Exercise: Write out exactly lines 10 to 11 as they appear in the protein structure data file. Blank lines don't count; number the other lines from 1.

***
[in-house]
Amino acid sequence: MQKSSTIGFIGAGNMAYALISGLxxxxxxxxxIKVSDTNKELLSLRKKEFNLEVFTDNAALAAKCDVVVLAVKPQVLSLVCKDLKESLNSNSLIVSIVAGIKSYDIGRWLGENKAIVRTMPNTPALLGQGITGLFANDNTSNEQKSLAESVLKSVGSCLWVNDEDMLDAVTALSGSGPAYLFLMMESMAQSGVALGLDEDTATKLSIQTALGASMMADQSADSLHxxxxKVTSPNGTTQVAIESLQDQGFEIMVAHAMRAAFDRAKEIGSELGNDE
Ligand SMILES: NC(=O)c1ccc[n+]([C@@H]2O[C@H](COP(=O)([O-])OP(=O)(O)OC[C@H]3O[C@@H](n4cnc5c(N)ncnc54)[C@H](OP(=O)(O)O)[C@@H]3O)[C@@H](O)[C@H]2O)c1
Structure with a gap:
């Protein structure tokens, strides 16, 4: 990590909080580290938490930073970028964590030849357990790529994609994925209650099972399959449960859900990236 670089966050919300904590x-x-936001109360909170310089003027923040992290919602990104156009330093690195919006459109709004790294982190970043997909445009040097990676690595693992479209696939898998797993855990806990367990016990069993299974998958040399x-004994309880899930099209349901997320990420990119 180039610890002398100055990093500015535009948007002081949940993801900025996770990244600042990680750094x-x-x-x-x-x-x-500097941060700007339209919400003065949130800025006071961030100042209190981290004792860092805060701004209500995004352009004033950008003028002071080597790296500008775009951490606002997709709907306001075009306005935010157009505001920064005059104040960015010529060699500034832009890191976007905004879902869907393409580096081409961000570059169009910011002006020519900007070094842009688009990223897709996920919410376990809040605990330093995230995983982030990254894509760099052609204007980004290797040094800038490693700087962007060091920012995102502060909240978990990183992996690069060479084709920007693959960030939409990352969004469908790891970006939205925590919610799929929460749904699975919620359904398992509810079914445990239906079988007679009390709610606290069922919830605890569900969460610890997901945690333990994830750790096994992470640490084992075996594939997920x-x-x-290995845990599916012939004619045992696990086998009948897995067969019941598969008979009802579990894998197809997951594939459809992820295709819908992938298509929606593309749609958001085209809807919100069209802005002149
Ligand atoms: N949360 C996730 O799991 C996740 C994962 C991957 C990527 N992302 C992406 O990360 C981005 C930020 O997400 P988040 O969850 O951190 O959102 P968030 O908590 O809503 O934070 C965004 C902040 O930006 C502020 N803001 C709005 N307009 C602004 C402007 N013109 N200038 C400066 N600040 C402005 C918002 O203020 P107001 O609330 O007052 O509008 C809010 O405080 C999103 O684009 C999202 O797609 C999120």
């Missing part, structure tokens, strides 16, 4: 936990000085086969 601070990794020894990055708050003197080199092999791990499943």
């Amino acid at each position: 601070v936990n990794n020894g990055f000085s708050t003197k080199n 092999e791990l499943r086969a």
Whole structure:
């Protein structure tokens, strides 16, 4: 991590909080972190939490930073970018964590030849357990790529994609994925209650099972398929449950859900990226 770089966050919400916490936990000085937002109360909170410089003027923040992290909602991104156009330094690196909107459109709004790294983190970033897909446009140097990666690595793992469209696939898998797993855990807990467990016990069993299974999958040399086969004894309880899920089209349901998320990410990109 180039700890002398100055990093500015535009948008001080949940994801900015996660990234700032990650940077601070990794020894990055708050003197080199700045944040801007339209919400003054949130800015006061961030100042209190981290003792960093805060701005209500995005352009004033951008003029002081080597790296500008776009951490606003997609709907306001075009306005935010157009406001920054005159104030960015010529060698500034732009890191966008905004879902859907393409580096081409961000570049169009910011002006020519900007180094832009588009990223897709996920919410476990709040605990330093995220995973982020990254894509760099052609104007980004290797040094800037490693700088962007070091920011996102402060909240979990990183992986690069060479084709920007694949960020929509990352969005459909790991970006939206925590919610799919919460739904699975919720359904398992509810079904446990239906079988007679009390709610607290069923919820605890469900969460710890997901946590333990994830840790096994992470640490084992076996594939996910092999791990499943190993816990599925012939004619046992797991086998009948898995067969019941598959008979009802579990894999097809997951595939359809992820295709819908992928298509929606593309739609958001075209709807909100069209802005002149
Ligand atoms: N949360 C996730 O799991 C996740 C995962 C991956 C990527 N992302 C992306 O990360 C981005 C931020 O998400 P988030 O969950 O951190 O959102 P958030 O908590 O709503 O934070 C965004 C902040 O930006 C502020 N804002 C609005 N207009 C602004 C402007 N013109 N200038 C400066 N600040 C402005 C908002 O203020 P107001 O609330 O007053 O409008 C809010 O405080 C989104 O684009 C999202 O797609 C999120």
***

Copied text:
């Protein structure tokens, strides 16, 4: 991590909080972190939490930073970018964590030849357990790529994609994925209650099972398929449950859900990226 770089966050919400916490936990000085937002109360909170410089003027923040992290909602991104156009330094690196909107459109709004790294983190970033897909446009140097990666690595793992469209696939898998797993855990807990467990016990069993299974999958040399086969004894309880899920089209349901998320990410990109 180039700890002398100055990093500015535009948008001080949940994801900015996660990234700032990650940077601070990794020894990055708050003197080199700045944040801007339209919400003054949130800015006061961030100042209190981290003792960093805060701005209500995005352009004033951008003029002081080597790296500008776009951490606003997609709907306001075009306005935010157009406001920054005159104030960015010529060698500034732009890191966008905004879902859907393409580096081409961000570049169009910011002006020519900007180094832009588009990223897709996920919410476990709040605990330093995220995973982020990254894509760099052609104007980004290797040094800037490693700088962007070091920011996102402060909240979990990183992986690069060479084709920007694949960020929509990352969005459909790991970006939206925590919610799919919460739904699975919720359904398992509810079904446990239906079988007679009390709610607290069923919820605890469900969460710890997901946590333990994830840790096994992470640490084992076996594939996910092999791990499943190993816990599925012939004619046992797991086998009948898995067969019941598959008979009802579990894999097809997951595939359809992820295709819908992928298509929606593309739609958001075209709807909100069209802005002149
Ligand atoms: N949360 C996730 O799991 C996740 C995962 C991956 C990527 N992302 C992306 O990360 C981005 C931020 O998400 P988030 O969950 O951190 O959102 P958030 O908590 O709503 O934070 C965004 C902040 O930006 C502020 N804002 C609005 N207009 C602004 C402007 N013109 N200038 C400066 N600040 C402005 C908002 O203020 P107001 O609330 O007053 O409008 C809010 O405080 C989104 O684009 C999202 O797609 C999120």